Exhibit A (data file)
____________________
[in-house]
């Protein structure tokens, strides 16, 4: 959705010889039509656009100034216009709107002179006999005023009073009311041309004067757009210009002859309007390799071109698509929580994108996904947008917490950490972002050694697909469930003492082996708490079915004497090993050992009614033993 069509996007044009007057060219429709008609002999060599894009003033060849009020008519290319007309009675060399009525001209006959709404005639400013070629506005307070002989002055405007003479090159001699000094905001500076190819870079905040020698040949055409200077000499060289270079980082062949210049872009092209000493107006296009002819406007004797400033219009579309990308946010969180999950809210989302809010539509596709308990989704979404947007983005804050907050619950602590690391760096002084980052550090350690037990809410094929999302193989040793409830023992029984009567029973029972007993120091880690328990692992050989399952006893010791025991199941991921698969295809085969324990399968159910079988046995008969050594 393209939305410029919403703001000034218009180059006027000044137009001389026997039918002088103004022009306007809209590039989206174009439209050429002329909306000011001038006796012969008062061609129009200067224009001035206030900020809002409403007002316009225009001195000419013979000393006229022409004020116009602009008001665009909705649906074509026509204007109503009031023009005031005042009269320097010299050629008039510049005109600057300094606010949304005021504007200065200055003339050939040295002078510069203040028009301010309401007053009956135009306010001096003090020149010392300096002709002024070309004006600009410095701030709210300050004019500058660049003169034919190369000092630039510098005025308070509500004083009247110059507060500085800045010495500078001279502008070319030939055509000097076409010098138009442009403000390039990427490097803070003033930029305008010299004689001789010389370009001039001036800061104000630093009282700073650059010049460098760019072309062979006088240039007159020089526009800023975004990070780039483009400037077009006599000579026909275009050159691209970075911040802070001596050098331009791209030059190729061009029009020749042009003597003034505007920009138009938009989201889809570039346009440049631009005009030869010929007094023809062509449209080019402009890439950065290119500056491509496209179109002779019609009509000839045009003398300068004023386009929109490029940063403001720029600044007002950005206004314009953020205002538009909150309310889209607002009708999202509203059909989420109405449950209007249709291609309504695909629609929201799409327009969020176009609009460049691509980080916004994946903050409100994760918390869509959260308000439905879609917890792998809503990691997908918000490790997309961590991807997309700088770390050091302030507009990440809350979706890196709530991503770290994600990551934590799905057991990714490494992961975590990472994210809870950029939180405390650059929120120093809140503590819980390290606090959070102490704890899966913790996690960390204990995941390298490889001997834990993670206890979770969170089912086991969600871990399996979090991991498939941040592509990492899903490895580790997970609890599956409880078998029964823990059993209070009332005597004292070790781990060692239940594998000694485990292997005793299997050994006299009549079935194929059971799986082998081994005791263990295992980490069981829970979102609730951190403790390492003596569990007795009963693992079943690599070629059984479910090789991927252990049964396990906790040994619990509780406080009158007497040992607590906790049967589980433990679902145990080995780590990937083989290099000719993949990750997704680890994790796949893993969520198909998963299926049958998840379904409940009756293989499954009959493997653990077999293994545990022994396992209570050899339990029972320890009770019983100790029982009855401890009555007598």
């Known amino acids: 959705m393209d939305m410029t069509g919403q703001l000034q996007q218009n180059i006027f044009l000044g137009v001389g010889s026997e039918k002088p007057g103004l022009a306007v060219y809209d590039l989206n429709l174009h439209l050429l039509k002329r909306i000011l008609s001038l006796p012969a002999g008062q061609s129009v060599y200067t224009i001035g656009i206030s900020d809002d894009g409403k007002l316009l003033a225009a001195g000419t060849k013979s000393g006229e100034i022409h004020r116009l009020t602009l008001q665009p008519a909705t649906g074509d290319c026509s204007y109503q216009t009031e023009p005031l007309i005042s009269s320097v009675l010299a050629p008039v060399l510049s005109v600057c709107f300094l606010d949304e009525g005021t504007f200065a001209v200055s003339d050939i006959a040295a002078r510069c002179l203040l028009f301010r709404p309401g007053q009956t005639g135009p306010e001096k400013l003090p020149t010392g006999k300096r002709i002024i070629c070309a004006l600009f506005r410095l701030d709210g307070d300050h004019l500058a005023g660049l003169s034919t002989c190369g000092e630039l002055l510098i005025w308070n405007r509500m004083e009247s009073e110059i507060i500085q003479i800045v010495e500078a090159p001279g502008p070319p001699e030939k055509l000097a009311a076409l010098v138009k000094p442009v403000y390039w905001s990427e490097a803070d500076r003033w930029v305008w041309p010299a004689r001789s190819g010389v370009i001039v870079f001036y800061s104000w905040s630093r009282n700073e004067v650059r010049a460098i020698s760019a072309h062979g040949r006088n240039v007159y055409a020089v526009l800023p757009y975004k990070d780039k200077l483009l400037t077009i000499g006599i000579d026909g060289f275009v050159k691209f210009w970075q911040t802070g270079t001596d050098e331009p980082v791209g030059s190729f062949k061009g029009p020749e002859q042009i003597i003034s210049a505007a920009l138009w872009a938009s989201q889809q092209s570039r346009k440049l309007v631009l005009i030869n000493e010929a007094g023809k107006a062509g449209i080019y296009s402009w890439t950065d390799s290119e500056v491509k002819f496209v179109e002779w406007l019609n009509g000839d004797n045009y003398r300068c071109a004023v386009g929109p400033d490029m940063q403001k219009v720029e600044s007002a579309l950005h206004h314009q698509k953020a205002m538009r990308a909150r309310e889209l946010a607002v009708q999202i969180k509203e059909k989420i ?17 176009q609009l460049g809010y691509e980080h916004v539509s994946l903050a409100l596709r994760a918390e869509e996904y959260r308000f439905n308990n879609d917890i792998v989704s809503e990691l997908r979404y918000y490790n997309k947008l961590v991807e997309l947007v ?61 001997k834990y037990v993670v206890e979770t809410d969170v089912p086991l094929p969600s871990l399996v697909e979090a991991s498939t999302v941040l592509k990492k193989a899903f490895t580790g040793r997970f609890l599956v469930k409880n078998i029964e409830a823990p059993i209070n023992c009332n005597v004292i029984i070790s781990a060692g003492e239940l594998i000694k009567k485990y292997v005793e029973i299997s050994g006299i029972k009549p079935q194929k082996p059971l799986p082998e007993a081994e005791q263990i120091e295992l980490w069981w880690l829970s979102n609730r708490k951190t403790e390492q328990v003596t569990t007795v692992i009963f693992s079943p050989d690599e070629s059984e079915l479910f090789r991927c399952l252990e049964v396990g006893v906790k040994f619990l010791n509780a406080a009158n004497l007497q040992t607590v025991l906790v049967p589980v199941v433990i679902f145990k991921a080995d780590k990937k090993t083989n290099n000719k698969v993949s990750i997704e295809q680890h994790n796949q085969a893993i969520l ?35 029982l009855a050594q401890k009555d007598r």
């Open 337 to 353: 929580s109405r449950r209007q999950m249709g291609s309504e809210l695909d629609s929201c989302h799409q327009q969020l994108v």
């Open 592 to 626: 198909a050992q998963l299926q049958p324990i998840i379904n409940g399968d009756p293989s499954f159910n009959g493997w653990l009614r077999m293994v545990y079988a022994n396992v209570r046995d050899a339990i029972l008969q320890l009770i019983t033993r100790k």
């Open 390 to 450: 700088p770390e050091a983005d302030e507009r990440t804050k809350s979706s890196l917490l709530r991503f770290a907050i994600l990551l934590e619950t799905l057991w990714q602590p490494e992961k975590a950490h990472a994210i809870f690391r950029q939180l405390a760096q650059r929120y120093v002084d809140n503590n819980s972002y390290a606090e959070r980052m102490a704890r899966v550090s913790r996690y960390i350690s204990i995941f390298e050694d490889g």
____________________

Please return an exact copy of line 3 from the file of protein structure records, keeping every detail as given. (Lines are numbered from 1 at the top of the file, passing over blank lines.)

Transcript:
């Known amino acids: 959705m393209d939305m410029t069509g919403q703001l000034q996007q218009n180059i006027f044009l000044g137009v001389g010889s026997e039918k002088p007057g103004l022009a306007v060219y809209d590039l989206n429709l174009h439209l050429l039509k002329r909306i000011l008609s001038l006796p012969a002999g008062q061609s129009v060599y200067t224009i001035g656009i206030s900020d809002d894009g409403k007002l316009l003033a225009a001195g000419t060849k013979s000393g006229e100034i022409h004020r116009l009020t602009l008001q665009p008519a909705t649906g074509d290319c026509s204007y109503q216009t009031e023009p005031l007309i005042s009269s320097v009675l010299a050629p008039v060399l510049s005109v600057c709107f300094l606010d949304e009525g005021t504007f200065a001209v200055s003339d050939i006959a040295a002078r510069c002179l203040l028009f301010r709404p309401g007053q009956t005639g135009p306010e001096k400013l003090p020149t010392g006999k300096r002709i002024i070629c070309a004006l600009f506005r410095l701030d709210g307070d300050h004019l500058a005023g660049l003169s034919t002989c190369g000092e630039l002055l510098i005025w308070n405007r509500m004083e009247s009073e110059i507060i500085q003479i800045v010495e500078a090159p001279g502008p070319p001699e030939k055509l000097a009311a076409l010098v138009k000094p442009v403000y390039w905001s990427e490097a803070d500076r003033w930029v305008w041309p010299a004689r001789s190819g010389v370009i001039v870079f001036y800061s104000w905040s630093r009282n700073e004067v650059r010049a460098i020698s760019a072309h062979g040949r006088n240039v007159y055409a020089v526009l800023p757009y975004k990070d780039k200077l483009l400037t077009i000499g006599i000579d026909g060289f275009v050159k691209f210009w970075q911040t802070g270079t001596d050098e331009p980082v791209g030059s190729f062949k061009g029009p020749e002859q042009i003597i003034s210049a505007a920009l138009w872009a938009s989201q889809q092209s570039r346009k440049l309007v631009l005009i030869n000493e010929a007094g023809k107006a062509g449209i080019y296009s402009w890439t950065d390799s290119e500056v491509k002819f496209v179109e002779w406007l019609n009509g000839d004797n045009y003398r300068c071109a004023v386009g929109p400033d490029m940063q403001k219009v720029e600044s007002a579309l950005h206004h314009q698509k953020a205002m538009r990308a909150r309310e889209l946010a607002v009708q999202i969180k509203e059909k989420i ?17 176009q609009l460049g809010y691509e980080h916004v539509s994946l903050a409100l596709r994760a918390e869509e996904y959260r308000f439905n308990n879609d917890i792998v989704s809503e990691l997908r979404y918000y490790n997309k947008l961590v991807e997309l947007v ?61 001997k834990y037990v993670v206890e979770t809410d969170v089912p086991l094929p969600s871990l399996v697909e979090a991991s498939t999302v941040l592509k990492k193989a899903f490895t580790g040793r997970f609890l599956v469930k409880n078998i029964e409830a823990p059993i209070n023992c009332n005597v004292i029984i070790s781990a060692g003492e239940l594998i000694k009567k485990y292997v005793e029973i299997s050994g006299i029972k009549p079935q194929k082996p059971l799986p082998e007993a081994e005791q263990i120091e295992l980490w069981w880690l829970s979102n609730r708490k951190t403790e390492q328990v003596t569990t007795v692992i009963f693992s079943p050989d690599e070629s059984e079915l479910f090789r991927c399952l252990e049964v396990g006893v906790k040994f619990l010791n509780a406080a009158n004497l007497q040992t607590v025991l906790v049967p589980v199941v433990i679902f145990k991921a080995d780590k990937k090993t083989n290099n000719k698969v993949s990750i997704e295809q680890h994790n796949q085969a893993i969520l ?35 029982l009855a050594q401890k009555d007598r």